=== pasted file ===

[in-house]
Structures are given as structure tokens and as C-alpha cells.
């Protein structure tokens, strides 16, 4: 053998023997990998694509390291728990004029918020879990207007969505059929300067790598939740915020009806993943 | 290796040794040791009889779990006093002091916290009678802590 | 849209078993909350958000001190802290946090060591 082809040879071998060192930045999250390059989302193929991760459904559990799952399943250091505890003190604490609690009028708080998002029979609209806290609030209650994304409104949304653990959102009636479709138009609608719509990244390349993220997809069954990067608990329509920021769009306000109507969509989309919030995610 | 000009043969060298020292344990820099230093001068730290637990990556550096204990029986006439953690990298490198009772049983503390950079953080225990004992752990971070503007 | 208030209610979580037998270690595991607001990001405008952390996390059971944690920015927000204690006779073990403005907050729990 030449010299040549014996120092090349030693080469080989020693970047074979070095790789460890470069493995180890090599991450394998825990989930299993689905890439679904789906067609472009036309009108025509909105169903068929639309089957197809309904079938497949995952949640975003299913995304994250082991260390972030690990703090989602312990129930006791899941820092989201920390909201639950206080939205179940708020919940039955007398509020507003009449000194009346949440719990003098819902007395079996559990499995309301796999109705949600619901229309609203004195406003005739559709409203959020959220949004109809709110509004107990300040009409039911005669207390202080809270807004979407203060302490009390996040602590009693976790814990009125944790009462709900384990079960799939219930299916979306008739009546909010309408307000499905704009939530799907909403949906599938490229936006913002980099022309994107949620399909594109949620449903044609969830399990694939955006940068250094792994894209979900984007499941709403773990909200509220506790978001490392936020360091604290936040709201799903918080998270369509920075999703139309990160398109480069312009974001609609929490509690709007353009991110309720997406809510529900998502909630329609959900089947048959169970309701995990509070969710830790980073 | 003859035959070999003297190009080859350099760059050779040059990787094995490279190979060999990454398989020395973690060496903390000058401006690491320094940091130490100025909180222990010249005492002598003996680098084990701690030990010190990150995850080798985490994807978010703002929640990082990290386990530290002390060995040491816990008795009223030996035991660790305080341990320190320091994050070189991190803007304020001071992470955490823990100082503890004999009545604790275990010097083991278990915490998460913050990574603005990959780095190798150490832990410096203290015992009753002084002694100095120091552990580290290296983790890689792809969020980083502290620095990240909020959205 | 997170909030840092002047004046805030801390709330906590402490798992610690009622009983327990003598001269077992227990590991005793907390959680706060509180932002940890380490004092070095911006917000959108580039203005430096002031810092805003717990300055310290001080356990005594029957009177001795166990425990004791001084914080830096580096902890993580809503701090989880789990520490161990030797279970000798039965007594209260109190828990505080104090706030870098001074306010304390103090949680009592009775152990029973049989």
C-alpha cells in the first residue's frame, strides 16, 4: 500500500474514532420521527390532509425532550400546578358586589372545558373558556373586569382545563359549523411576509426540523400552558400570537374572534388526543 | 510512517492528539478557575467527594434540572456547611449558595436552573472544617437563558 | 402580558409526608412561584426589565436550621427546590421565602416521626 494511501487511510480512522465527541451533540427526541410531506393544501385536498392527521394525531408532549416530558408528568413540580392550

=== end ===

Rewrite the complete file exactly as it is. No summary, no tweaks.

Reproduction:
[in-house]
Structures are given as structure tokens and as C-alpha cells.
């Protein structure tokens, strides 16, 4: 053998023997990998694509390291728990004029918020879990207007969505059929300067790598939740915020009806993943 | 290796040794040791009889779990006093002091916290009678802590 | 849209078993909350958000001190802290946090060591 082809040879071998060192930045999250390059989302193929991760459904559990799952399943250091505890003190604490609690009028708080998002029979609209806290609030209650994304409104949304653990959102009636479709138009609608719509990244390349993220997809069954990067608990329509920021769009306000109507969509989309919030995610 | 000009043969060298020292344990820099230093001068730290637990990556550096204990029986006439953690990298490198009772049983503390950079953080225990004992752990971070503007 | 208030209610979580037998270690595991607001990001405008952390996390059971944690920015927000204690006779073990403005907050729990 030449010299040549014996120092090349030693080469080989020693970047074979070095790789460890470069493995180890090599991450394998825990989930299993689905890439679904789906067609472009036309009108025509909105169903068929639309089957197809309904079938497949995952949640975003299913995304994250082991260390972030690990703090989602312990129930006791899941820092989201920390909201639950206080939205179940708020919940039955007398509020507003009449000194009346949440719990003098819902007395079996559990499995309301796999109705949600619901229309609203004195406003005739559709409203959020959220949004109809709110509004107990300040009409039911005669207390202080809270807004979407203060302490009390996040602590009693976790814990009125944790009462709900384990079960799939219930299916979306008739009546909010309408307000499905704009939530799907909403949906599938490229936006913002980099022309994107949620399909594109949620449903044609969830399990694939955006940068250094792994894209979900984007499941709403773990909200509220506790978001490392936020360091604290936040709201799903918080998270369509920075999703139309990160398109480069312009974001609609929490509690709007353009991110309720997406809510529900998502909630329609959900089947048959169970309701995990509070969710830790980073 | 003859035959070999003297190009080859350099760059050779040059990787094995490279190979060999990454398989020395973690060496903390000058401006690491320094940091130490100025909180222990010249005492002598003996680098084990701690030990010190990150995850080798985490994807978010703002929640990082990290386990530290002390060995040491816990008795009223030996035991660790305080341990320190320091994050070189991190803007304020001071992470955490823990100082503890004999009545604790275990010097083991278990915490998460913050990574603005990959780095190798150490832990410096203290015992009753002084002694100095120091552990580290290296983790890689792809969020980083502290620095990240909020959205 | 997170909030840092002047004046805030801390709330906590402490798992610690009622009983327990003598001269077992227990590991005793907390959680706060509180932002940890380490004092070095911006917000959108580039203005430096002031810092805003717990300055310290001080356990005594029957009177001795166990425990004791001084914080830096580096902890993580809503701090989880789990520490161990030797279970000798039965007594209260109190828990505080104090706030870098001074306010304390103090949680009592009775152990029973049989």
C-alpha cells in the first residue's frame, strides 16, 4: 500500500474514532420521527390532509425532550400546578358586589372545558373558556373586569382545563359549523411576509426540523400552558400570537374572534388526543 | 510512517492528539478557575467527594434540572456547611449558595436552573472544617437563558 | 402580558409526608412561584426589565436550621427546590421565602416521626 494511501487511510480512522465527541451533540427526541410531506393544501385536498392527521394525531408532549416530558408528568413540580392550